France 1791-I 30 sols

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Jean Elsen sale 94, lot 1460
France 1791I 30 sols rev JElsen 94-1460.jpg

The specimen shown is a 30 sols (equals 1/4 écu) of the Constitutional period (1791-93) during the French Revolution. It was struck at the Limoges mint (mintmark "I") and is a common date of its type. This specimen was lot 1460 in Jean Elsen sale 94 (Brussels, December 2007), where it did not sell. It is remarkable for its high quality.

Altho the French Revolution famously began with the fall of the Bastille in June 1789, the upheaval was not immediately reflected in the coinage, which continued to be issued using the designs of the ancien régime. In 1791, the first "constitutional" coins appeared, including 3 deniers (= 1 liard), 6 deniers (= 2 liards), 12 deniers (= 1 sol), 2 sols, 15 sols (= 1/8 écu) and 30 sols. "Constitutional" 1/2 écus and écus appeared in 1792. Only then were the old royal designs discontinued. In 1793, the king was guillotined and a republic instituted. The republicans issued some brass sols and 2 sols and a silver écu de 6 livres before abandoning the system altogether in favor of the franc in 1795.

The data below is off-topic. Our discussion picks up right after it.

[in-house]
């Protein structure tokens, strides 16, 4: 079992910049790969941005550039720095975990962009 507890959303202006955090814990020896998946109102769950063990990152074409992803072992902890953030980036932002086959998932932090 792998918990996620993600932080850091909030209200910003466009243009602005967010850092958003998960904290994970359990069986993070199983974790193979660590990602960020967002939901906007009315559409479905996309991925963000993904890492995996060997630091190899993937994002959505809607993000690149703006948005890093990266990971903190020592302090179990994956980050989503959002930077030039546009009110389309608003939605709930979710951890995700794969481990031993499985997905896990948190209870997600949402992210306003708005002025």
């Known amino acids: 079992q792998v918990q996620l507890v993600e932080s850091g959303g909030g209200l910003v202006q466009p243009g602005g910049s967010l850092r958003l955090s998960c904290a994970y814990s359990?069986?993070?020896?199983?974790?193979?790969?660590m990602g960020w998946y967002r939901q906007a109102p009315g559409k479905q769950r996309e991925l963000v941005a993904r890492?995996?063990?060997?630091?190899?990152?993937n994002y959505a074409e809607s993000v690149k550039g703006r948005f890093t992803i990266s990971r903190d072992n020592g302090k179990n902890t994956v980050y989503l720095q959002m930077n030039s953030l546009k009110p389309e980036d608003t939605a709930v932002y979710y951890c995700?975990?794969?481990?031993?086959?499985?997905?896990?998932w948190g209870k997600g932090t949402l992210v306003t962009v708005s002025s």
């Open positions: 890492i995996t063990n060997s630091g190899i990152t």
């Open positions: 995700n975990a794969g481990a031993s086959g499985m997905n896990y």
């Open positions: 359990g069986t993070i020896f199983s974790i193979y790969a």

Recorded mintage: 1,711,000.

Specification: 10 g, .666 fine silver, .214 troy oz ASW.

Catalog reference: Gad-39, KM 606.7.

Source:

  • Gadoury, Victor, Monnaies Françaises, 1789-2011, 20me éd., Monaco: Éditions Victor Gadoury, 2011.
  • Michael, Thomas, Standard Catalog of World Coins, 1701-1800, 7th ed., Iola, WI: Krause Publications, 2016.

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